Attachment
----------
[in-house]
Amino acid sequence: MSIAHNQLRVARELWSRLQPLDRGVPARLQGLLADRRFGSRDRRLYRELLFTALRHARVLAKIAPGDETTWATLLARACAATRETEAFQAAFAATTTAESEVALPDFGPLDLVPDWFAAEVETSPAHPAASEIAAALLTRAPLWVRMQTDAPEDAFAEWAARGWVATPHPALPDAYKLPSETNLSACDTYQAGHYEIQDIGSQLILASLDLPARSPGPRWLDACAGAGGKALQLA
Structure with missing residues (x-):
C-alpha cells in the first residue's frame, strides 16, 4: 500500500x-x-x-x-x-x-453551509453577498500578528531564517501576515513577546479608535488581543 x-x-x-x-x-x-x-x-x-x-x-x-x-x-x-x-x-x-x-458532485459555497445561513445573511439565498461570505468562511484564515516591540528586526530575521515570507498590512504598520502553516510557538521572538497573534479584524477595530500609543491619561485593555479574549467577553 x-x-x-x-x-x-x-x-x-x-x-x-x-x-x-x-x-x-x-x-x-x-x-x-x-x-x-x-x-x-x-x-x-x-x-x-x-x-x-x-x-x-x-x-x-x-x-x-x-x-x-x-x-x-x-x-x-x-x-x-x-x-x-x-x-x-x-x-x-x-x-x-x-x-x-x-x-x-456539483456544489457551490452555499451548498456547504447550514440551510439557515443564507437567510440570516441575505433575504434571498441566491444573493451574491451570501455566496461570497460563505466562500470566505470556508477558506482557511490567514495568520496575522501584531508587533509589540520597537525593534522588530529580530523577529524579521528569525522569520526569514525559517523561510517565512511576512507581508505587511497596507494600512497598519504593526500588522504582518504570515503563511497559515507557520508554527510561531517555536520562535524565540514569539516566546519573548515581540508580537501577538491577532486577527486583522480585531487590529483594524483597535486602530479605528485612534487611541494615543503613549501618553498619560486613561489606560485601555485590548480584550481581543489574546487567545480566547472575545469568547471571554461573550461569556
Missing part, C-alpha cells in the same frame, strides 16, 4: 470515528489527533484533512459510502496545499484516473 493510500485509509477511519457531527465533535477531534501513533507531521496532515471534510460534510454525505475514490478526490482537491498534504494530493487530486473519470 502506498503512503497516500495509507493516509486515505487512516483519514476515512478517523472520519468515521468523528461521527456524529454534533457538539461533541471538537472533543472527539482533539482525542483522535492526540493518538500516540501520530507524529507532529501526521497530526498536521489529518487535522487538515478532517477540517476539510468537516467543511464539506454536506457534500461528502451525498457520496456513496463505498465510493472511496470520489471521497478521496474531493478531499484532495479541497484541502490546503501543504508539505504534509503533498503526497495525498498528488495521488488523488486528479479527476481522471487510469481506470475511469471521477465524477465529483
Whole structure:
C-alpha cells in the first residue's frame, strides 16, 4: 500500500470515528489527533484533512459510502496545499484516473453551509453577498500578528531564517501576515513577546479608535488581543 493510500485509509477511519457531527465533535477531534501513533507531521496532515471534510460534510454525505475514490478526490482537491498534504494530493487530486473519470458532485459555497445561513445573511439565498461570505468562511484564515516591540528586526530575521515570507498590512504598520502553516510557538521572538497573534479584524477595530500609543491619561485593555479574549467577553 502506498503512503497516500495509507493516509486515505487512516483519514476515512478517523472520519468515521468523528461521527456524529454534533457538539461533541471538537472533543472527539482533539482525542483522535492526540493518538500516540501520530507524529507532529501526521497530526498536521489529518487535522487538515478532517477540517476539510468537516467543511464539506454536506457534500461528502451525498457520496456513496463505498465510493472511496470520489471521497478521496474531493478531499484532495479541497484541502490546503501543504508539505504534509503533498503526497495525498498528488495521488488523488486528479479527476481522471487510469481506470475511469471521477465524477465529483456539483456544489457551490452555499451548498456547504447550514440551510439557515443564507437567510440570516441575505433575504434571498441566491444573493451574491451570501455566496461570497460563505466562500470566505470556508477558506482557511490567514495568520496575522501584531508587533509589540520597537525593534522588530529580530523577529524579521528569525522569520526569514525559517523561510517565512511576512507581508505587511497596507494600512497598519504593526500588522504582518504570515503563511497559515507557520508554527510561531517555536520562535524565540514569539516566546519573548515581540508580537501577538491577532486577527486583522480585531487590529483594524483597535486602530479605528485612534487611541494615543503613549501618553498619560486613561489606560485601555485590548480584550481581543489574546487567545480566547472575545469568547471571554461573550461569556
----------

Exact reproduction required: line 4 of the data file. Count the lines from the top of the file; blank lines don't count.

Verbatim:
C-alpha cells in the first residue's frame, strides 16, 4: 500500500x-x-x-x-x-x-453551509453577498500578528531564517501576515513577546479608535488581543 x-x-x-x-x-x-x-x-x-x-x-x-x-x-x-x-x-x-x-458532485459555497445561513445573511439565498461570505468562511484564515516591540528586526530575521515570507498590512504598520502553516510557538521572538497573534479584524477595530500609543491619561485593555479574549467577553 x-x-x-x-x-x-x-x-x-x-x-x-x-x-x-x-x-x-x-x-x-x-x-x-x-x-x-x-x-x-x-x-x-x-x-x-x-x-x-x-x-x-x-x-x-x-x-x-x-x-x-x-x-x-x-x-x-x-x-x-x-x-x-x-x-x-x-x-x-x-x-x-x-x-x-x-x-x-456539483456544489457551490452555499451548498456547504447550514440551510439557515443564507437567510440570516441575505433575504434571498441566491444573493451574491451570501455566496461570497460563505466562500470566505470556508477558506482557511490567514495568520496575522501584531508587533509589540520597537525593534522588530529580530523577529524579521528569525522569520526569514525559517523561510517565512511576512507581508505587511497596507494600512497598519504593526500588522504582518504570515503563511497559515507557520508554527510561531517555536520562535524565540514569539516566546519573548515581540508580537501577538491577532486577527486583522480585531487590529483594524483597535486602530479605528485612534487611541494615543503613549501618553498619560486613561489606560485601555485590548480584550481581543489574546487567545480566547472575545469568547471571554461573550461569556